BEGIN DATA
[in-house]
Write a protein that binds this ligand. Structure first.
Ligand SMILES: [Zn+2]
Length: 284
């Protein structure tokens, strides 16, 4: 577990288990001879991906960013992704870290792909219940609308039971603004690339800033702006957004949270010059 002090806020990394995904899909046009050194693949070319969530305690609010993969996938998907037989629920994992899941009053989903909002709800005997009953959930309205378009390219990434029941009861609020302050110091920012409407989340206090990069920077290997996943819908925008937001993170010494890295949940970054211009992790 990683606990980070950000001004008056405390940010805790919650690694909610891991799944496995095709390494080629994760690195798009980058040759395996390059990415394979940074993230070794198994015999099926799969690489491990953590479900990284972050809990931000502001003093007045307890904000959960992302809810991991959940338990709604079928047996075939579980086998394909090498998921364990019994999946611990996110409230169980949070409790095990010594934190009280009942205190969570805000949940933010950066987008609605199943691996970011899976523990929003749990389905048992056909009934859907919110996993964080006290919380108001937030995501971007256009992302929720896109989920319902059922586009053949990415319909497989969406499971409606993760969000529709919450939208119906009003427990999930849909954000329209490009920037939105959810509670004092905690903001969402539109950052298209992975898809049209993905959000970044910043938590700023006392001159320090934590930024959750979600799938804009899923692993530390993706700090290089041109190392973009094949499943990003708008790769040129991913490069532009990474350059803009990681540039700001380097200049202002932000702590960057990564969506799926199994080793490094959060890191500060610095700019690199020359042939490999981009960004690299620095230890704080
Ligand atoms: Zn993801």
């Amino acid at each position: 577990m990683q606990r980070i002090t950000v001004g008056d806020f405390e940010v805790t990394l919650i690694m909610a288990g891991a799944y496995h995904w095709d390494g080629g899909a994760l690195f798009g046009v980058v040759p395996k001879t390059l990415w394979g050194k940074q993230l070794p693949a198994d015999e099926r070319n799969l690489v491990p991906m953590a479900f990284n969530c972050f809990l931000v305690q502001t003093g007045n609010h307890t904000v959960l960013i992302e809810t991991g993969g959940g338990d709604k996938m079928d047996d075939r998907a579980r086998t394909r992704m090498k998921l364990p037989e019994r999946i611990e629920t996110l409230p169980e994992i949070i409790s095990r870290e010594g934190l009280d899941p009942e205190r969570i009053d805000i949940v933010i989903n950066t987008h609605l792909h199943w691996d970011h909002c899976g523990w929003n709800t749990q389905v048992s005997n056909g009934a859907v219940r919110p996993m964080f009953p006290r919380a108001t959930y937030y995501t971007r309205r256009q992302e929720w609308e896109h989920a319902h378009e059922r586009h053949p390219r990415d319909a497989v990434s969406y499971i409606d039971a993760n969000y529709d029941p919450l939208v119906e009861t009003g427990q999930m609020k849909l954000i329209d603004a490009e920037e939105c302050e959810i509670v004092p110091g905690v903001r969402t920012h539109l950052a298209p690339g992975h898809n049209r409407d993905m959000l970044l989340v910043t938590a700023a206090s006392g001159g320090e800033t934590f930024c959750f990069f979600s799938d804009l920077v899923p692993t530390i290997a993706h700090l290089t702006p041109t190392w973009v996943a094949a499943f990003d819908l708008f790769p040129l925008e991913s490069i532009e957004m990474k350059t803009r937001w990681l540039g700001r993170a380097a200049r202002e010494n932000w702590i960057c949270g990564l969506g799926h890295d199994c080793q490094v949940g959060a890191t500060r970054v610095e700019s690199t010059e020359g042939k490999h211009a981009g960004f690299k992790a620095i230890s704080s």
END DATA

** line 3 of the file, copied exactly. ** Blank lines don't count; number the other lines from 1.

Ligand SMILES: [Zn+2]